I used to believe that to be a good Officer meant you had to be adaptable and able to think outside the box, but the whole culture has changed and now you need to mutate into a company clone who is able to recite volumes of procedures and manuals and NEVER, EVER, to think for yourself without the office's permission (probably in triplicate).

No wonder so many people left.

Okay, rant mode off - what do current personnel say about the present BP culture?

James_C
23rd April 2009, 20:43
Plane Sailing,
You're amongst kindred spirits!
I know a few lads who are still with BP (most have left) and occasionally I get a look at the crewlists and I really struggle to recognise any of the names. I didn't know everyone by any stretch of the imagination, but at least those names you didn't know you'd generally heard of.
They reckoned that circa 2000 they had about 500 British Officers serving on 20 ships, now they've got about 3 times that number with 150 Brits and most of them new recruits. It just shows how things have changed.
Most of the lads I know still there are either just biding their time before moving onto pastures new or are just there because of the Mortgage.
When did you pack it in?

Plane Sailing
23rd April 2009, 21:09
I left in 2001, very disillusioned with being lied to and generally treated like dirt. Took it personally for a while but then realised there were a lot of others in the same boat, if you'll pardon the pun. BP's loss at the end of the day.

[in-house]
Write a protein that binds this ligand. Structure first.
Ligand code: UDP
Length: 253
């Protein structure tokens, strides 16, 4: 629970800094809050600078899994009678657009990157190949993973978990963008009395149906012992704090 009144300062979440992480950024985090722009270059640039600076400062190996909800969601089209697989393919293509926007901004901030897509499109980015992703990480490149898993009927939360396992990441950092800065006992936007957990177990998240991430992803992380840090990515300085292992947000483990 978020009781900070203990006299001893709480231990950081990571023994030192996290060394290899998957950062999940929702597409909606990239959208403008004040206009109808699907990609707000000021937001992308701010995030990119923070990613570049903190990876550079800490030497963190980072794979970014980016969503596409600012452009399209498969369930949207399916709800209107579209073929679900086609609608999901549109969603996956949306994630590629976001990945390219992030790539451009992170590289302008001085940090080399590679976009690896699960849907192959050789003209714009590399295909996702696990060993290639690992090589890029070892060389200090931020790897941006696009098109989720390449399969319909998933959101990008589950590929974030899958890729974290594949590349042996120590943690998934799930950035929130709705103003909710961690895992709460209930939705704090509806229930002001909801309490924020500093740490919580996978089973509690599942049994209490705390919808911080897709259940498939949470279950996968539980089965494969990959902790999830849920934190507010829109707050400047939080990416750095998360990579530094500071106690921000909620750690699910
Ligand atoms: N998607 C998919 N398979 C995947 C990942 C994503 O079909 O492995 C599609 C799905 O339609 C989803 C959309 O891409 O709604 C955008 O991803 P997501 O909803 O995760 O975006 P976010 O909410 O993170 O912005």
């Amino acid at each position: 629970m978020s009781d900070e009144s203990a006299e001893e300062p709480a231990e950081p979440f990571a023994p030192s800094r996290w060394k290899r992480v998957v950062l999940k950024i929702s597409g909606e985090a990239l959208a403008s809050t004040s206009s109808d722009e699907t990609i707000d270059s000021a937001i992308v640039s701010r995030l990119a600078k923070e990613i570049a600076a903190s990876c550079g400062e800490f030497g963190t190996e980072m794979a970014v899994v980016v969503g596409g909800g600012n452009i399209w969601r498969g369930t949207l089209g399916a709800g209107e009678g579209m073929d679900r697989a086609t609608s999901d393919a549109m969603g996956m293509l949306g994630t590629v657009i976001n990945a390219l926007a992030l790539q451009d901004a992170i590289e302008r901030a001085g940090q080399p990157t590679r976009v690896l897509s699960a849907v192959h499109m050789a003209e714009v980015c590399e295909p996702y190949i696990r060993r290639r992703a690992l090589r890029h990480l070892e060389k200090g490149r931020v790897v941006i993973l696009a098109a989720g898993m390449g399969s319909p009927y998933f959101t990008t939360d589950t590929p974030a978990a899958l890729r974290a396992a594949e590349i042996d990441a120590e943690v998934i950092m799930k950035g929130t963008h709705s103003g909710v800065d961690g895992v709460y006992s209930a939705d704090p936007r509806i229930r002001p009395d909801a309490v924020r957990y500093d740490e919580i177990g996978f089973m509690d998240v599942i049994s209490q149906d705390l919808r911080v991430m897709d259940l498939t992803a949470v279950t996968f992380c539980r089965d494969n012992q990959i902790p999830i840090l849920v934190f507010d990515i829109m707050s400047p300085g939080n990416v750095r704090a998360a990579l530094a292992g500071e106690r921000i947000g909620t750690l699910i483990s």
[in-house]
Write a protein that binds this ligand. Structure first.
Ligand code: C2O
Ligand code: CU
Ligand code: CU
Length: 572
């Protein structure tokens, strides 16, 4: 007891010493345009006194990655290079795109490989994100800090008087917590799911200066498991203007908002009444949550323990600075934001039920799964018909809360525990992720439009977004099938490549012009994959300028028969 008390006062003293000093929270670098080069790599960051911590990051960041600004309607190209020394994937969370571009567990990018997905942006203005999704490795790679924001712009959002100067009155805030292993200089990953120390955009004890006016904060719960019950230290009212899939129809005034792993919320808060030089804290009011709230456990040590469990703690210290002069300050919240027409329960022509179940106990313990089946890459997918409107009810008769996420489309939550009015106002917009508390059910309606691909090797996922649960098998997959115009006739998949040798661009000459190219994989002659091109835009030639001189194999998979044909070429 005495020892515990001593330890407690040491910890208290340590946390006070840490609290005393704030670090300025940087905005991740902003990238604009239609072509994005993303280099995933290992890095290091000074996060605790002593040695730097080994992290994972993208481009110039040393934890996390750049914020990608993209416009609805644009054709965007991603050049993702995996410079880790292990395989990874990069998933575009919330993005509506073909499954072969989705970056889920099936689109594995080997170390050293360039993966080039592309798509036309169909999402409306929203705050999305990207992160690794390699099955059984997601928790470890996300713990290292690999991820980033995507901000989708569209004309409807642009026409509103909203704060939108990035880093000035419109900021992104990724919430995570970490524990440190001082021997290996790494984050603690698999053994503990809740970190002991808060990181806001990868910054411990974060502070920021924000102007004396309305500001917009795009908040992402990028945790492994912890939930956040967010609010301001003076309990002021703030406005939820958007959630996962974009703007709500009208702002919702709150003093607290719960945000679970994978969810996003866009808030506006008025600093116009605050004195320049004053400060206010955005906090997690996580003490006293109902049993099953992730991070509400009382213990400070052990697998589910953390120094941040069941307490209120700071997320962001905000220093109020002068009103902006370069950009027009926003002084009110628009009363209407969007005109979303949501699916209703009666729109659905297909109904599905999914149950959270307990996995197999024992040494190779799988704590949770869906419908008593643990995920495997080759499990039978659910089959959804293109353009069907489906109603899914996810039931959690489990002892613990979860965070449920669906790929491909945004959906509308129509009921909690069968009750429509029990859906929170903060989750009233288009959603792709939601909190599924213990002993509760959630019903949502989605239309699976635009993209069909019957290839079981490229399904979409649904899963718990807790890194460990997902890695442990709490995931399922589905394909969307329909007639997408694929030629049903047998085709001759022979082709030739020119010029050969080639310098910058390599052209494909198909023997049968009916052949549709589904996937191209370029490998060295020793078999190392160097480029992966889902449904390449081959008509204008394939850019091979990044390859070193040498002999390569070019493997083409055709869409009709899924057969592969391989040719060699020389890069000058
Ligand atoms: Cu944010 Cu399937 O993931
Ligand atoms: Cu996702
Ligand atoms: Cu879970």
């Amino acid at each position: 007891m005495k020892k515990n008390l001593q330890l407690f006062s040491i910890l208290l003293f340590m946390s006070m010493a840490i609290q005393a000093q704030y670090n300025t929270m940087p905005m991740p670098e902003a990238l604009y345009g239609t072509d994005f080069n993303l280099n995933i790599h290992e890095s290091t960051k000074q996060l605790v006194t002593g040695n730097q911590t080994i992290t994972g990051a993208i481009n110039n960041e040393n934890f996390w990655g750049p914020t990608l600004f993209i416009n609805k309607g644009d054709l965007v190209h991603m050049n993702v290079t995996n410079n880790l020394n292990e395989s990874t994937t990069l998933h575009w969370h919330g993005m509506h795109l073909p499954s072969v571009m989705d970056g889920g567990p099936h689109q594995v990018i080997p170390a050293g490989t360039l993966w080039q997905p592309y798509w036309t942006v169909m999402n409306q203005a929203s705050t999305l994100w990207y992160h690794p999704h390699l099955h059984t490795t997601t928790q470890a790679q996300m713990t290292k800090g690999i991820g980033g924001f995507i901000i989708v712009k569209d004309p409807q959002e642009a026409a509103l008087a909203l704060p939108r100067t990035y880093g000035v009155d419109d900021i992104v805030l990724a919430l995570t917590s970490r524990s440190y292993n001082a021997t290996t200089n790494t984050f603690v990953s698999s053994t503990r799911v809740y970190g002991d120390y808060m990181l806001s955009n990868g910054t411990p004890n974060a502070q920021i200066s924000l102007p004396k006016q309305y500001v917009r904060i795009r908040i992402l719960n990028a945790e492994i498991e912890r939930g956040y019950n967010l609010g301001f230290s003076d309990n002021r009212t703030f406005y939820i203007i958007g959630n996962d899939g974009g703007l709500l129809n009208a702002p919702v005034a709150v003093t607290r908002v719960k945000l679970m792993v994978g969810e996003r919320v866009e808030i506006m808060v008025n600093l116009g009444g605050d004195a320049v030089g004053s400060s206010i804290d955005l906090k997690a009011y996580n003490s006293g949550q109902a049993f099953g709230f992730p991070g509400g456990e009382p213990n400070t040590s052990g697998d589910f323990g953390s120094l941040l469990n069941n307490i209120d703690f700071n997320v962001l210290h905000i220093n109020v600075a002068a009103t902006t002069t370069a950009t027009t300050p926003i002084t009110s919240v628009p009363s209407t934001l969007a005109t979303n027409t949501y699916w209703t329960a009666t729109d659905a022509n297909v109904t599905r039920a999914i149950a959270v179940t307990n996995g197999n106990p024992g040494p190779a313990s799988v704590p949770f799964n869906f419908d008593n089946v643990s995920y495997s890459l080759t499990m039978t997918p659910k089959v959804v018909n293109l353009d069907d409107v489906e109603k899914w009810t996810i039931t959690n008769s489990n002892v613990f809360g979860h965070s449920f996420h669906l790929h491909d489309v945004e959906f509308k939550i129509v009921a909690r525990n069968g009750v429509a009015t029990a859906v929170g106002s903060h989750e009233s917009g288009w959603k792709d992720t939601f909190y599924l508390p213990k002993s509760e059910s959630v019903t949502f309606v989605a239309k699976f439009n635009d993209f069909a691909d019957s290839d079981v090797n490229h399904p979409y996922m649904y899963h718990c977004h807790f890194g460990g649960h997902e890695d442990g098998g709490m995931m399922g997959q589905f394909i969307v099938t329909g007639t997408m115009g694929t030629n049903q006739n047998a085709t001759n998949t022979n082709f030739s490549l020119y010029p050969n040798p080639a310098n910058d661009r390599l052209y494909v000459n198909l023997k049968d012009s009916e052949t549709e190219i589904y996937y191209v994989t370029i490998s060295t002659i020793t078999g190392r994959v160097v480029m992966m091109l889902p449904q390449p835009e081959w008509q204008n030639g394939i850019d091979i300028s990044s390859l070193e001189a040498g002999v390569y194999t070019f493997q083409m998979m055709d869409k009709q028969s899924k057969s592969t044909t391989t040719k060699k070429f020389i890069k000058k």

I'm a great believer that people are a company's greatest asset and you abuse them at your peril.

Have to agree with you that many stay only because of the mortgage and certainly not out of any loyalty towards the company.

george jackson
24th April 2009, 05:55
(Cloud)

Bill Davies
24th April 2009, 07:57
I left in 2001, very disillusioned with being lied to and generally treated like dirt. Took it personally for a while but then realised there were a lot of others in the same boat, if you'll pardon the pun. BP's loss at the end of the day.

I'm a great believer that people are a company's greatest asset and you abuse them at your peril.

Have to agree with you that many stay only because of the mortgage and certainly not out of any loyalty towards the company.

Well Plane Sailing,
You should be thankfull you got a lot more mileage out of your company than others did. It is all very sad that the deception lasted so long.

Bill

george jackson
24th April 2009, 10:34
I joined the company( British Tanker Co. as it was then) in 1954 as an engineer apprentice and the nearest I got to OH&S was in 1956 on the British Gratitude. We had Fire drill once a fortnight and Lifeboat drill (weather permitting of course!!) on the alternate week. We were expected to be responsible for our own safety and that of others and the system seemed to work o.k.
I sympathise with you blokes who have had to put up with the official version of OH&S as I also have come up against shoreside here in Australia. Many jobs have been lost because of the massive expenditure spent on it without showing any positive gains. The only gains have been made by the OH&S "experts" who have read the book.

rodhaigh
29th April 2009, 14:00
Took a voyage on a tanker in the mid-nineties (as a supernumery), after almost 30 yrs away from them.
Felt quite at home when I saw them taking ullages with a wooden float on a piece of knotted yarn. Some things don't change.
Anyway apart from that, about 4 hrs prior to sailing I was having morning tea with the Master, (who had retired but was there as a casual because they were short handed) when the agent arrived with about 6 fat volumes, about a yard wide in total, which were the operating and safety procedures as recently required by the ISM code.
The Master was supposed to familiarise himself with these before the voyage commenced, however, he told me to start reading them as he was too busy making up the menus. Some things do change!
I guess that wWhen you are multi-skilled there are conflicting priorities.
Cheers
Rod H